Harriet Smith samples the vibrant originality of Scarlatti’s keyboard works
As Yevgeny Sudbin’s new disc shows, Domenico Scarlatti’s extraordinarily adventurous, idiosyncratic and hugely varied legacy of keyboard sonatas offers the perfect fodder for the daring pianist. It’s no coincidence that many of the artists on this playlist are Russian, for, as Sudbin recalled, ‘During my studies in Russia he was almost considered a “Russian” composer, since his sonatas were standard repertoire for any student’.
One of the fascinating aspects about Scarlatti is that you can take a single sonata and there will be as many views as there are interpreters. Take the Michelangeli and Gould readings of Kk9, for instance, the one flowing and understated, the other prioritising clarity, combined with Gould’s inimitable vocalisations; or Horowitz (whose Scarlatti needs no introduction) and Pletnev – poles apart in the tenderly flowing Kk25. Then there’s Gilels throwing caution to the wind in the constantly changing textures of Kk125, while the splendidly idiosyncratic Croatian Ivo Pogorelich brings to life with a clipped brilliance the hunt conjured in Kk159. There’s no right or wrong, it’s merely a matter of taste. Pletnev is more daring still, taking thrilling liberties with speeds and dynamics in Kk29. And we end with two great French pianists, who combine heart and head to extraordinary effect.
Tim Ashley offers a bouquet of works inspired by the delicacy of flowers
‘The flowers that bloom in the spring, tra la, bring promise of merry sunshine,’ Gilbert & Sullivan tell us in The Mikado. Most composers, however, are more ambiguous. Flowers embody the transience of nature, as well as its beauty, and frequently suggest images of life, love, desire and loss.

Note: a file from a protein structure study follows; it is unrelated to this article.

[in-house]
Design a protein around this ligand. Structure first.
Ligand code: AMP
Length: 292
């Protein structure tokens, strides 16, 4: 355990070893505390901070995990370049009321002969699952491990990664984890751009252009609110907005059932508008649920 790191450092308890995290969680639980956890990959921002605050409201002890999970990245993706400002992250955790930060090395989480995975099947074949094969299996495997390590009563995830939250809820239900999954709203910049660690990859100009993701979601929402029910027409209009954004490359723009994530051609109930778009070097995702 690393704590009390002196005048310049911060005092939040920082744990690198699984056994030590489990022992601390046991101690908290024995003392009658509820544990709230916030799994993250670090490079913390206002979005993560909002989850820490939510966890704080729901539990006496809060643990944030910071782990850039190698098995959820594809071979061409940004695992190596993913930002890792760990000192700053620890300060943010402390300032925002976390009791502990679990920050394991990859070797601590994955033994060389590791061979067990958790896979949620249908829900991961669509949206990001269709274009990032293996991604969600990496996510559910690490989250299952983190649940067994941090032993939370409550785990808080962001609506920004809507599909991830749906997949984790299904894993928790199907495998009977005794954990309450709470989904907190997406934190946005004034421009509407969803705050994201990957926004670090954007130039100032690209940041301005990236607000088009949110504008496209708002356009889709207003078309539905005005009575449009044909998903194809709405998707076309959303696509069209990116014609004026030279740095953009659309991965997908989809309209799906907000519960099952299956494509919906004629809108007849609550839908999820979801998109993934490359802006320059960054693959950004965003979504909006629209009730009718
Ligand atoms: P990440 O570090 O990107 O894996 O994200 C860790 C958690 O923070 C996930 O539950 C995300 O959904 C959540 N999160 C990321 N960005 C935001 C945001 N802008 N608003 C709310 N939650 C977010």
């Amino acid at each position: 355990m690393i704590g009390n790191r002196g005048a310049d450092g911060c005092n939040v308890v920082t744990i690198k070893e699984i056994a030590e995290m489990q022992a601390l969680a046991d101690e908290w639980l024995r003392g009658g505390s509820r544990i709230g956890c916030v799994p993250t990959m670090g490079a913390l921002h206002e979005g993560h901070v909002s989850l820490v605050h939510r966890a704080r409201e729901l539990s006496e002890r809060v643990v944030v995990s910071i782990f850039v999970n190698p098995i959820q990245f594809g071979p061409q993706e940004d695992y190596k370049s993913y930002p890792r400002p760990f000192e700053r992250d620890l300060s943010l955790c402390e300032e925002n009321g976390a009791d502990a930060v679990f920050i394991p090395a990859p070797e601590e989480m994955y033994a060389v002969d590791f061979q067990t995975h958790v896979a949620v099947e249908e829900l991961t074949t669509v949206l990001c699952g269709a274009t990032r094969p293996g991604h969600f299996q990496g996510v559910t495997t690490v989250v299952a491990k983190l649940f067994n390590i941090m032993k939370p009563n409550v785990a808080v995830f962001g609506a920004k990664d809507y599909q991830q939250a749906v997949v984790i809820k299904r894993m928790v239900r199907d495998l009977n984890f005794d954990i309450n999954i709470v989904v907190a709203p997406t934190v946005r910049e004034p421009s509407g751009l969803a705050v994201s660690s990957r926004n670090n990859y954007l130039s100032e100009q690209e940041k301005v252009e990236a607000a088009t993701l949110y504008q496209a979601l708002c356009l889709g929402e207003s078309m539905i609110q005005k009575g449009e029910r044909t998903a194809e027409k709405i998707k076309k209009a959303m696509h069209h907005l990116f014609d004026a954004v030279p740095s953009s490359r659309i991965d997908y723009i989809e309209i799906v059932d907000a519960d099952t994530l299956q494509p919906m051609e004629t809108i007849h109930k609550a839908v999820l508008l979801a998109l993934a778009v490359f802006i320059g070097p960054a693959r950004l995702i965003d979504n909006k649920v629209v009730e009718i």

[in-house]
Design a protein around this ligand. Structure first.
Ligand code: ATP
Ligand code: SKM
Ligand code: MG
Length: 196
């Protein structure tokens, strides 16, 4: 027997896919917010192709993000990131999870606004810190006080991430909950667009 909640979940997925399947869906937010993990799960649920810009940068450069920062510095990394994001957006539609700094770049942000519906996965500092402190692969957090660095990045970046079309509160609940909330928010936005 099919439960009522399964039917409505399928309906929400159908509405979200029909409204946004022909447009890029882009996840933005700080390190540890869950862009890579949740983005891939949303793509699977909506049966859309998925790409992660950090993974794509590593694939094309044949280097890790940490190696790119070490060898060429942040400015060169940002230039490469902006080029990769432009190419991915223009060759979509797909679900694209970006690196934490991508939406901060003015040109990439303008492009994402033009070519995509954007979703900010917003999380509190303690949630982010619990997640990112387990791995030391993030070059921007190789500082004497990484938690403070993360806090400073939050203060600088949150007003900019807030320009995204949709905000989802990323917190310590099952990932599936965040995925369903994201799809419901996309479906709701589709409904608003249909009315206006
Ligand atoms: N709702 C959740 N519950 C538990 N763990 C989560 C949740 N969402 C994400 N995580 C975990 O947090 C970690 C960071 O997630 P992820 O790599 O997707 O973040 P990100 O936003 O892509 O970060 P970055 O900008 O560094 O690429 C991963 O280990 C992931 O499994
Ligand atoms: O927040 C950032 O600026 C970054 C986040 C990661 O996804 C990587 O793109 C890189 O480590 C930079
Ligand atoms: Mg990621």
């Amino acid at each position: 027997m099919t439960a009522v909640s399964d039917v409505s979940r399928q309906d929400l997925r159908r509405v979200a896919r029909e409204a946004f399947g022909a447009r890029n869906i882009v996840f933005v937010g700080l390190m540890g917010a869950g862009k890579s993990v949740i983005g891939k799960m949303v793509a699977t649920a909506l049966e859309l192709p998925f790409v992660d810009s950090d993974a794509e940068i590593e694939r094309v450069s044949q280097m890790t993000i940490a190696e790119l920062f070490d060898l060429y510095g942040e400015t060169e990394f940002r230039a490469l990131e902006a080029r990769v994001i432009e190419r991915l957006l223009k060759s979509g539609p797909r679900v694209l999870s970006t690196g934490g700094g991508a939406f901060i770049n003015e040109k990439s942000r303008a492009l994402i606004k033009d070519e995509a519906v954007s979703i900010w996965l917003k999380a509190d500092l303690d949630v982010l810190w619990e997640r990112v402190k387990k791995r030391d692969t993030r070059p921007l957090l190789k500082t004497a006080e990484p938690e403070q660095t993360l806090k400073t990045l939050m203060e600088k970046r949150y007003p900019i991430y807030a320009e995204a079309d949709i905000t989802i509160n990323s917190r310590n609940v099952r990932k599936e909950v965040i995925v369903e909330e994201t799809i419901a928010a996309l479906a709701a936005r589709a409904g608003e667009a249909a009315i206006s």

The flowers in Tchaikovsky’s Nutcracker waltz with unfettered vitality. Puccini contemplates the beauty of chrysanthemums in his only major work for string quartet, and Mahler, in the Minuet from his Third Symphony, views flowers as the embodiment of natural innocence, unsullied by humanity.
In Mozart’s ‘Das Veilchen’ and Berlioz’s ‘Le spectre de la rose’, however, the imagery darkens as a plucked flower in each song comes to symbolise a lover’s willing self-sacrifice for the sake of an ideal beloved. Richard Strauss, in contrast, invests his serene ‘Wasserrose’ (waterlily) with almost mystic significance.
In Wagner’s Parsifal, the Flower Maidens in Klingsor’s garden attempt to seduce the opera’s virginally ignorant hero, while Britten’s ‘The Sick Rose’, from his Serenade for Tenor, Horn and Strings, shudders uneasily at the thought of corruption and decay. Chausson, meanwhile, mourns the passing of ‘the time for lilacs and roses’ with quiet finality as an expression of regret for lost love.